Located in the leafy Chapinero Alto district, Taller de Te is the best tea shop in Bogota.  In a country known for its coffee, Taller de Te has distinguished itself in the world of tea.  The shop boasts exotic teas from around the world: coca leaf tea, high-grade matcha tea, and an exotic Pu-erh of which only 300 bricks were produced. Sometimes when I go into the shop I just sit and there and mutter the words Pu-erh to myself. I’m not quite sure how to pronounce it, but I love how it rolls off the tongue. Pu-erh. Pu-erh. Pu-errrrrrrrrrrrrrrrrh.

Today Taller de Te is crowded. This is usually not the case. Usually I’m the only customer. But today is Saturday and the Bogotanos are out in force. They need their tea, they need it loose-leaf, and they need it now. The shop is buzzing. It smells like cheap glue because Carla, one of other owners, is making crafts. I feel 70% happy and 30% like I might pass out. I’ve just ordered a “Bollywood Chai Tea” for the horrendous price of 10,000 COP (3.40 USD). The music that’s playing is tasteful. For some reason the fact that it’s so tasteful is irritating. What standard of perfection! I shall never live up to it. I am flesh and bone. I experience primitive emotions like lust and envy. I do not deserve to drink this tea. I deserve to be flogged by Adriana. Pu-erh! Pu-erh!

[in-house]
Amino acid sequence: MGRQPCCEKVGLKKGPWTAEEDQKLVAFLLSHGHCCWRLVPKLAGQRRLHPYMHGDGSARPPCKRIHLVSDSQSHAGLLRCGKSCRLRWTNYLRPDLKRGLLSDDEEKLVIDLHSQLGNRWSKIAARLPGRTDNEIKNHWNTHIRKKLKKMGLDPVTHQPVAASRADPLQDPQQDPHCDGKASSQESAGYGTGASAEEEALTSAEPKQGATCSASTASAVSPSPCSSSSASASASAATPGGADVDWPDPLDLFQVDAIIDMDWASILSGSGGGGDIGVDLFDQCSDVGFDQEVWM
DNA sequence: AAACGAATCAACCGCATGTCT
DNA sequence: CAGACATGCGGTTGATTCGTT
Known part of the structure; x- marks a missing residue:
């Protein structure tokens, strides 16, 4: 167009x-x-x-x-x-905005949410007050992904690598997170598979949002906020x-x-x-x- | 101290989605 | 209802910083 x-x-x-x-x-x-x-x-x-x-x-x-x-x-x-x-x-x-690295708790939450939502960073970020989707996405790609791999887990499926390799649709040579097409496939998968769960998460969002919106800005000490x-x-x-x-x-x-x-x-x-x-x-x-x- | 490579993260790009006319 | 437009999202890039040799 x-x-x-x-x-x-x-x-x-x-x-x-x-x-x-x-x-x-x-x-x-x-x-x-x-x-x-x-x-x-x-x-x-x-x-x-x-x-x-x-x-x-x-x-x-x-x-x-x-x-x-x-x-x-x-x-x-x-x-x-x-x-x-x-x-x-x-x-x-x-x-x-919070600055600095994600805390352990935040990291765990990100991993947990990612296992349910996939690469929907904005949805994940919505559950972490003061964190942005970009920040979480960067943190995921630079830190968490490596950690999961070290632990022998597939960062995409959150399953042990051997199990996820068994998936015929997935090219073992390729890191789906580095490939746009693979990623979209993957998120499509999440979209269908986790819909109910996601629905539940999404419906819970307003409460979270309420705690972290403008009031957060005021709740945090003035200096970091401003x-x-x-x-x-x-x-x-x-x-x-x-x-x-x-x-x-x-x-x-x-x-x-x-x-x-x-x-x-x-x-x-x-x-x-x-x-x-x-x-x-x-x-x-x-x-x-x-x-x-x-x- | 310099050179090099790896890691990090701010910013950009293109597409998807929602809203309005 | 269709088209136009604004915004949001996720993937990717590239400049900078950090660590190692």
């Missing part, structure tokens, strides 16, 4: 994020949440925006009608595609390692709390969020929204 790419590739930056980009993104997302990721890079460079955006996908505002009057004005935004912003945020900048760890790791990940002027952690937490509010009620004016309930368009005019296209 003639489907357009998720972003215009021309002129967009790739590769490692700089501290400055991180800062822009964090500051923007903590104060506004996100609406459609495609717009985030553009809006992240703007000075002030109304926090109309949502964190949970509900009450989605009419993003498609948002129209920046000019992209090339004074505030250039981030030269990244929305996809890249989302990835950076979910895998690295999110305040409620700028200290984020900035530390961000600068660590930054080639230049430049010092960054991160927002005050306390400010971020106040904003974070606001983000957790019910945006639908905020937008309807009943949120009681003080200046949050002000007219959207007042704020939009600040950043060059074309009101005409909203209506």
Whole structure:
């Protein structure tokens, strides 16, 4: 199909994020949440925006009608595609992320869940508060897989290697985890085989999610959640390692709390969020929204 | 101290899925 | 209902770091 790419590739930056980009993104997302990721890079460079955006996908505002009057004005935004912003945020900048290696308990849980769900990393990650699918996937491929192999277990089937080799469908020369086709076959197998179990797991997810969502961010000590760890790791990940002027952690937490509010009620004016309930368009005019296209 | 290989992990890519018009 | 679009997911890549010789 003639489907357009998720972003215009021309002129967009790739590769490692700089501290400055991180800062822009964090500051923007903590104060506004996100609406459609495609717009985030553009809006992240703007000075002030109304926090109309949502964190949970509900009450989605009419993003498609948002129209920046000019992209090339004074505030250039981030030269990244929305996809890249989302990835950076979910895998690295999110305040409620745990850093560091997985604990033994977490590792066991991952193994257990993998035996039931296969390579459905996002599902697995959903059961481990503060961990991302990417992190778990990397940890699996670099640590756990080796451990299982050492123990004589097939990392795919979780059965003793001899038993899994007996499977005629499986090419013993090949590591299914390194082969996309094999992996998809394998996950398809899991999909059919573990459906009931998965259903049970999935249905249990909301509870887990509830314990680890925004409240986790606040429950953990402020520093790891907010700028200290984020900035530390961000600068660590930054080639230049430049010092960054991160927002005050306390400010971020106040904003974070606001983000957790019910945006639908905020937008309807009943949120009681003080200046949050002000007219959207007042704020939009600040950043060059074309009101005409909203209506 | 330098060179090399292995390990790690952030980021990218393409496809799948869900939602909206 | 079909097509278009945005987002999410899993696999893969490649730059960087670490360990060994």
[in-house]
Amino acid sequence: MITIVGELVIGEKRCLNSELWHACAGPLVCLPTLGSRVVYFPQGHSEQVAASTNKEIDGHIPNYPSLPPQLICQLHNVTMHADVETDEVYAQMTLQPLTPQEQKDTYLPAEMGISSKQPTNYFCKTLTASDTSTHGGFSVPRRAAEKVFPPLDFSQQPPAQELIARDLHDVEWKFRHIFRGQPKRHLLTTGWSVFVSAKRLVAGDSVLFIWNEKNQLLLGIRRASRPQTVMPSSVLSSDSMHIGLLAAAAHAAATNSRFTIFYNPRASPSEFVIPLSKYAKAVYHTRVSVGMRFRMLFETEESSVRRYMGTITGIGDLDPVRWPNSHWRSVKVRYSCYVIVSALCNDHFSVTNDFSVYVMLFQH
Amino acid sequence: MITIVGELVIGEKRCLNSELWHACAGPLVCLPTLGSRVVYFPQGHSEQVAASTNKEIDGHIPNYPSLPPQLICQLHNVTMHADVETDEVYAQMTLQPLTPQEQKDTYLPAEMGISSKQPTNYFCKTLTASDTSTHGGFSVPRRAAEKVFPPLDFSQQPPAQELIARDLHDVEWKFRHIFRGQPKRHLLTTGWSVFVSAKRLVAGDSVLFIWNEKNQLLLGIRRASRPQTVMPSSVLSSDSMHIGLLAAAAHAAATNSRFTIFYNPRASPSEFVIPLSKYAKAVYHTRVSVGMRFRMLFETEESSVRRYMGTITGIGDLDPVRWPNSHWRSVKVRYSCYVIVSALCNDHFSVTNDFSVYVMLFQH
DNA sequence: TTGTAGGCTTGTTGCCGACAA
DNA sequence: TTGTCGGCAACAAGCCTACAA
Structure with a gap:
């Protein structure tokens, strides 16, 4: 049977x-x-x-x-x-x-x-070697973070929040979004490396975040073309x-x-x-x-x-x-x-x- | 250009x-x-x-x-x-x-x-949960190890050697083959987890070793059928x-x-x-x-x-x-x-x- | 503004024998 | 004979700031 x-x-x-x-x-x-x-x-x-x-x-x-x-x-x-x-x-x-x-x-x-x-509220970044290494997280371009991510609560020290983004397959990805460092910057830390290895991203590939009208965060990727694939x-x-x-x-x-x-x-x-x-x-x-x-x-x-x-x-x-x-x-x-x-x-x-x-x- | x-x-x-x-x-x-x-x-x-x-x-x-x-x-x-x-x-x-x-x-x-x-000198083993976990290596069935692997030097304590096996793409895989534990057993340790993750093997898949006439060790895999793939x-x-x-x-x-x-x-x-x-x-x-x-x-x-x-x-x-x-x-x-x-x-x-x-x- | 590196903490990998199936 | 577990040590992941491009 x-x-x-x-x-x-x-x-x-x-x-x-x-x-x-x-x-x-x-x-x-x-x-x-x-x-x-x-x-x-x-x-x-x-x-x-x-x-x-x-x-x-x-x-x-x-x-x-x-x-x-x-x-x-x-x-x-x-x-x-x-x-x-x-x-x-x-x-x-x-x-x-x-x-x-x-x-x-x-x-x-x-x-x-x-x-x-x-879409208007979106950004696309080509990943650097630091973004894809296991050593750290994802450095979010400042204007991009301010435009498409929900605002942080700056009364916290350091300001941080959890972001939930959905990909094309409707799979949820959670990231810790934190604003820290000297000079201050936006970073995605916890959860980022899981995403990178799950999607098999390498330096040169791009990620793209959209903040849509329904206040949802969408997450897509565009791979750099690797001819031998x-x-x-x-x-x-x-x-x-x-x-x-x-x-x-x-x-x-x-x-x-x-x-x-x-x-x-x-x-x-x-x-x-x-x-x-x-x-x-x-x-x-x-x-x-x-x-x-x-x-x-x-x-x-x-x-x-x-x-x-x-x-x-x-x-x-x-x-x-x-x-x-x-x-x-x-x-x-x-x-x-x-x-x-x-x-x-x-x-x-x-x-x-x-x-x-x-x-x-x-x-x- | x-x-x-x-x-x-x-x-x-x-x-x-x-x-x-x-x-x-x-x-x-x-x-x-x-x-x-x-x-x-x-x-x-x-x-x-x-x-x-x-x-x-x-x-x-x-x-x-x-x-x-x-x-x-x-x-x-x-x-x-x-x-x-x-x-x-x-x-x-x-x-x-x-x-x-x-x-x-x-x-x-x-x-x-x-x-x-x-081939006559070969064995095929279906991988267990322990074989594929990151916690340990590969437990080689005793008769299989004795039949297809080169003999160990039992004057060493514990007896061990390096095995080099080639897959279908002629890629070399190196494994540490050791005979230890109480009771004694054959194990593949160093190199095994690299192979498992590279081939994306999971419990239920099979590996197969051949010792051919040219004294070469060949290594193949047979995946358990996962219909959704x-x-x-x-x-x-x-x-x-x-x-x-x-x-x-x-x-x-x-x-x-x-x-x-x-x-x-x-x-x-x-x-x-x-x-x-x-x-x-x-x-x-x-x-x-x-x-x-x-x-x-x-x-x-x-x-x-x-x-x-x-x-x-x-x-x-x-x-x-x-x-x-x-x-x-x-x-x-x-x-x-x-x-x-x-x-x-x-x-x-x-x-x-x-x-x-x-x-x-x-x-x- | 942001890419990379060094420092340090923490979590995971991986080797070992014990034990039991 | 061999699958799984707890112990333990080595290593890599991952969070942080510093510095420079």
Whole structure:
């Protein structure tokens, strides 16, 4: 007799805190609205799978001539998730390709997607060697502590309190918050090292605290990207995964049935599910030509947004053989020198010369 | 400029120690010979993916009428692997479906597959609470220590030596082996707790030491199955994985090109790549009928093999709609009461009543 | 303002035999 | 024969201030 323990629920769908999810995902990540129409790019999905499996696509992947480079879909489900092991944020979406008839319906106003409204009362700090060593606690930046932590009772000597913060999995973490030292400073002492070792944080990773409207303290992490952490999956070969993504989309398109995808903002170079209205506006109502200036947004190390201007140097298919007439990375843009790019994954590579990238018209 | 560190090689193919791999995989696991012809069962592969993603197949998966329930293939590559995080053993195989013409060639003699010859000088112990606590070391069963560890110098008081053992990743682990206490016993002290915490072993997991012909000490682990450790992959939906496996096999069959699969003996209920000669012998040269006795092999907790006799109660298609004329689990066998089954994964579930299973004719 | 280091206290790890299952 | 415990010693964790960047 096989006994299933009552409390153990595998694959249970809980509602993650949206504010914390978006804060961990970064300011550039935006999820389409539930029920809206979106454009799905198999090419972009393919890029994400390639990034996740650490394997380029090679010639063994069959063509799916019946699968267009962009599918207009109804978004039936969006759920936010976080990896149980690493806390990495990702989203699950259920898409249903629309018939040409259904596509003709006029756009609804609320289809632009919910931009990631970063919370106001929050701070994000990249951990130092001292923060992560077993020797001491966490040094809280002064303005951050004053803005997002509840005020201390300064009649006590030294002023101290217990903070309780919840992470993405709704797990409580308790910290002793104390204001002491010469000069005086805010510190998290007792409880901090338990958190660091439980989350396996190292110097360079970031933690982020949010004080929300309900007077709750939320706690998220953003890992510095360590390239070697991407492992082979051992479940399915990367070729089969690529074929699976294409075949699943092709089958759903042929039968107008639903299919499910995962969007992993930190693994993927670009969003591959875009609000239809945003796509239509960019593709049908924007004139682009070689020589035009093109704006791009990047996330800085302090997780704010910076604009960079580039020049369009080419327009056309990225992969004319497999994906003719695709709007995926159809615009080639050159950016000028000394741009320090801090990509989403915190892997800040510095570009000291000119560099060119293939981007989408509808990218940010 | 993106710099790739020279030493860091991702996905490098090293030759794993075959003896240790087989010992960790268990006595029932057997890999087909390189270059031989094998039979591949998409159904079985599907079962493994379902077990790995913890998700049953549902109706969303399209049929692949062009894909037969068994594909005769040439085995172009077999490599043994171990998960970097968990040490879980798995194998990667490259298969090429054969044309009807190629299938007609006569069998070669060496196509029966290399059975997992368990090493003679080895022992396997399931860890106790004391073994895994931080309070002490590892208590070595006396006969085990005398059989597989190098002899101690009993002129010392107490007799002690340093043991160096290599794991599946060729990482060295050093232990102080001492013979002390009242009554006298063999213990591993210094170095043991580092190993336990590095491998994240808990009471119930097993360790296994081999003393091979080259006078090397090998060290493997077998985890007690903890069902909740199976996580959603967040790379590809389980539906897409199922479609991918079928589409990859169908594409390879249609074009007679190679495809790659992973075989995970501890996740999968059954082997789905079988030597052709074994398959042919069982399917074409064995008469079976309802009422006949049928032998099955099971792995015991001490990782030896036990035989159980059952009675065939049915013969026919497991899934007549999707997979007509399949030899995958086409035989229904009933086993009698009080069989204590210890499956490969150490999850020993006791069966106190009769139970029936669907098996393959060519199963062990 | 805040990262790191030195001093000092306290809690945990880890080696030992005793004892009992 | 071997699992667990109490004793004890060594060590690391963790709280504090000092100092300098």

My chai latte comes. It smells like a gingerbread house. It smells like Christmas. I feel like I’m Hansel of Hansel and Gretel, being led toward the house of a witch. Except instead of breadcrumbs dotting the path there are tiny cups of steaming-hot chai. And instead of being in the forest I’m in a South American metropolis. And instead of being led toward the house of a witch I’m being led towards Adriana, who in real life is polite and helpful, with cute bangs and skin like the soft glow of a sunrise. She might be the most beautiful tea shop worker in northeastern Bogota. She places the chai latte in front me. I say “Thank you.” She says, “OK.”

The chai is delicious. It’s perfectly sweetened with panela (sugarcane). Not too sweet, though — Adriana would never allow that. I sip it and gaze into the garden. Night falls around us in this garden of chai and evil. The spices are exquisite. I detect cardamom. I slip into a kind of reverie and soon the tea is gone. I’m not satisfied; I want more. But more what? More milk? More spices? More tasteful decoration?

I look over at Adriana.  In my mind she hikes up her skirt to show off her hip-length boots and reaches for a sock of quarters. She knows what I want more of. Pu-erh. Pu-erh! Pu-errrrrrrrrrrrrrrrrrrrrrrrrrrrrrrrrrrrrrrrrrrrrrrrrrrrh.